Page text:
The law provides for the right to organize and form unions. On September 1, officials reported that 53,217 collective agreements were signed as a result of a prounion collective bargaining campaign initiated following a widely publicized 2008 mining accident in Satpayev. The campaign, designed to empower workers, has increased the number of agreements by 15 percent since 2008. As of September 1, 28.8 percent of all enterprises and 90 percent of all unionized enterprises had collective bargaining agreements. Independent union organizers described this campaign as a significant change in policy.
The law protects the rights of unions to conduct their activities without interference, and unions were free to recruit new members, conduct meetings, and bargain collectively with employers. The law permits collective bargaining and collective agreements; unions and associations engaged in collective bargaining in practice. The government continued its efforts to encourage collective bargaining. Labor unions reported 53,217 collective bargaining agreements. Activists stressed that political pressure was driving the rapid conclusion of agreements. The labor law provides that an individual contract between an employer and each employee sets the employee’s wage and outlines the rights and responsibilities of the employee and the employer.
The law provides for the right to strike but exercising this right is subject to numerous legal limitations. The government limited conditions under which those working for one of a list of industries and enterprises providing essential services, such as railway, civil aviation, military, law enforcement, fire services, health, and other services that provide for major life needs where strikes were permitted only under limited conditions, could strike. In general, workers may strike only if a labor dispute has not been resolved through existing compulsory arbitration procedures. Striking workers must give 15-day advance notice to employers. The law neither sanctions nor prohibits the firing of employees for participation in an illegal strike.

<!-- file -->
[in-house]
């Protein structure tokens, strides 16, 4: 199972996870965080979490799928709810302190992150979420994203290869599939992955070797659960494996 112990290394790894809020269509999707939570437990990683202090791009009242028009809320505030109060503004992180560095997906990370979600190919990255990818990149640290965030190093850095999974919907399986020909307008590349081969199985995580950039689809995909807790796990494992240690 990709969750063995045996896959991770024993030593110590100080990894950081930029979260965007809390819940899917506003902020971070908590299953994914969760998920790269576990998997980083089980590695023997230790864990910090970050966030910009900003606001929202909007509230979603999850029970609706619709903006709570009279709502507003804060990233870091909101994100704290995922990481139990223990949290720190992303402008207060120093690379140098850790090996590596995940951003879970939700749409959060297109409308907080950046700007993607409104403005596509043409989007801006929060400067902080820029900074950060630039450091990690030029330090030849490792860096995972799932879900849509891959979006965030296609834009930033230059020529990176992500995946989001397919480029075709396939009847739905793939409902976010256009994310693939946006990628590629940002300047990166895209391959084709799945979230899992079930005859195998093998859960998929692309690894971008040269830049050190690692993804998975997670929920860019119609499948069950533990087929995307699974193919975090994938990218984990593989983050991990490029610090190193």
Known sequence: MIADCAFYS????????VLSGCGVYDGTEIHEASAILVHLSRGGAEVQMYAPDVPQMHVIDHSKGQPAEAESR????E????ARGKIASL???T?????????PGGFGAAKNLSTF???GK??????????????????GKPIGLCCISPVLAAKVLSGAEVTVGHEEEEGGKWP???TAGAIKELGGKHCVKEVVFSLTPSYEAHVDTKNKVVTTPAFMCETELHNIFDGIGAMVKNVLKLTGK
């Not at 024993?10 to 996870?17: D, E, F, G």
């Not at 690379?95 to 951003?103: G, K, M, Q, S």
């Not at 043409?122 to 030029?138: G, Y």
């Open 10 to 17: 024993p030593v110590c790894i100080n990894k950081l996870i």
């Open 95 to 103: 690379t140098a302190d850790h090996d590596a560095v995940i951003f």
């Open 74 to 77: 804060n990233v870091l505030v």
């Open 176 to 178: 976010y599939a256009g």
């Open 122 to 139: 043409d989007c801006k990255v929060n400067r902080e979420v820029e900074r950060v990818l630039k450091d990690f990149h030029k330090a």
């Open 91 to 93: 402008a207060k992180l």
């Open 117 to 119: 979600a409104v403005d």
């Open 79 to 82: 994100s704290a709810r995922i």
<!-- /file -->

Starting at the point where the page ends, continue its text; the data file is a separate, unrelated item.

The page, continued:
Foreign workers have the right to join unions; however, the law prohibits the operation of foreign unions and prohibits the financing of unions by foreign legal entities and citizens, foreign states, and international organizations. Workers are protected by law against antiunion discrimination,
Organizers reported that the government continued to restrict the right to organize, and most workers were not able to join or form trade unions of their choice. The government exercised considerable influence on organized labor and favored state-affiliated unions over independent unions. To obtain legal status, a trade union must apply for registration with the Ministry of Justice. The registration procedure is broadly similar to that of other membership organizations.